According to a publication from Oncology Nurse Advisor, a study of 109 patients with myeloproliferative neoplasms (certain types of blood cancers) found that mortality rates for younger patients were similar to historical controls for older patients.
The results suggest that a myeloproliferative neoplasm patient’s age may have less impact on their prognosis than initially believed.
About Myeloproliferative Neoplasms
Myeloproliferative neoplasms (MPNs, formerly known as myeloproliferative diseases) are blood cancers characterized by the overproduction of white blood cells or platelets. When produced in quantities beyond the healthy range, the concentrations of these blood cells throughout the bloodstream can affect blood flow.
Symptoms and areas affected vary from type to type. Polycythemia vera, for example, causes an overproduction of red blood cells (and sometimes other types of blood cell) that can thicken the blood and slow its flow. Myelofibrosis, on the other hand, is a scarring of the bone marrow that can develop either independently or from some other condition – including other MPNs.
Regardless of Age, MPNs Deadly
A new study published in the European Journal of Haematology followed 109 young adults (aged 18 to 45) with various types of myeloproliferative neoplasms were followed-up with for periods of up to (on average) eight years.
Half of the patients were diagnosed with essential thrombocythemia, 34% with polycythemia vera, 14% with primary myelofibrosis, and 3% with an unspecified myeloproliferative neoplasm.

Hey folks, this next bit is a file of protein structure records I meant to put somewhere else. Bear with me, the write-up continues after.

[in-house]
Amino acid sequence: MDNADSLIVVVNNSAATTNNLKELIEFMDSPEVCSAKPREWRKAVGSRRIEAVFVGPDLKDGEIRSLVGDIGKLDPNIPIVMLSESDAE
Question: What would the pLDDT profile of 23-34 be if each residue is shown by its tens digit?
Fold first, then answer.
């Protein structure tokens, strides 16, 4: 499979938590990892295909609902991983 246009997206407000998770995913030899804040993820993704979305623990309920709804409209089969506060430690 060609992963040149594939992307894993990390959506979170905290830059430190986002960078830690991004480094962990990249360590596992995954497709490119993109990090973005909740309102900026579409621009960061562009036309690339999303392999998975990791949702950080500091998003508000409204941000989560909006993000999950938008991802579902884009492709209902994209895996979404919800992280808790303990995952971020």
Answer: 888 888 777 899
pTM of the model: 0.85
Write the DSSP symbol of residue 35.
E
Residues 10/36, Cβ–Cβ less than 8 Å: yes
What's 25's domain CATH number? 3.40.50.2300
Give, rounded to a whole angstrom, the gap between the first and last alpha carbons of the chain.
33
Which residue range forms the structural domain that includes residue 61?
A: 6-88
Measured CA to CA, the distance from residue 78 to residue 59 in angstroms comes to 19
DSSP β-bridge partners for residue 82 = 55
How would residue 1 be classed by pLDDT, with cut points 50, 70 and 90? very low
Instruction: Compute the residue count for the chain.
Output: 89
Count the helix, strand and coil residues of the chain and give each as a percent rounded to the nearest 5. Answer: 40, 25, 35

Though a few experimental inconsistencies existed between the various subgroups in the study (the median age for PV diagnosis was 38 years old, seven years older than the average age of the ET and MF cohorts), it was the consistencies between the younger MPN patients being examined and historical controls that intrigued researchers.
37% of the 109 participants would experience one or more thrombotic (clotting) events, with under 25% experiencing arterial clots. This relatively low number of arterial clots surprised scientists, since in other studies arterial thrombotic events were more common than their venous counterparts. Researchers reasoned that this reduction in arterial thrombosis was due to lower rates of certain arterial risk factors like diabetes or hypertension in younger people.
However, the researchers noted that mortality rates and the aggression of MPNs are consistent between the study group and historical comparisons. They reasoned that the mortality rate similarities were likely, ironically, because younger patients lived long enough for the disease to progress to more advanced stages.
Simply put, younger people have longer to live and thrombotic events (including serious ones in the arteries or spleen) are common in MPN patients. The longer you live, the greater your risk of developing a serious complication, thereby offsetting any health advantage age might otherwise provide you.
Like in any good study, the participating researchers identified and acknowledged their limitations – including the lack of an “older” (presumably 45+) cohort and a “retrospective design.”
Myeloproliferative neoplasms are rare, but can be deadly. Why is it helpful to understand how MPNs progress across different conditions and age groups? Share your thoughts with Patient Worthy!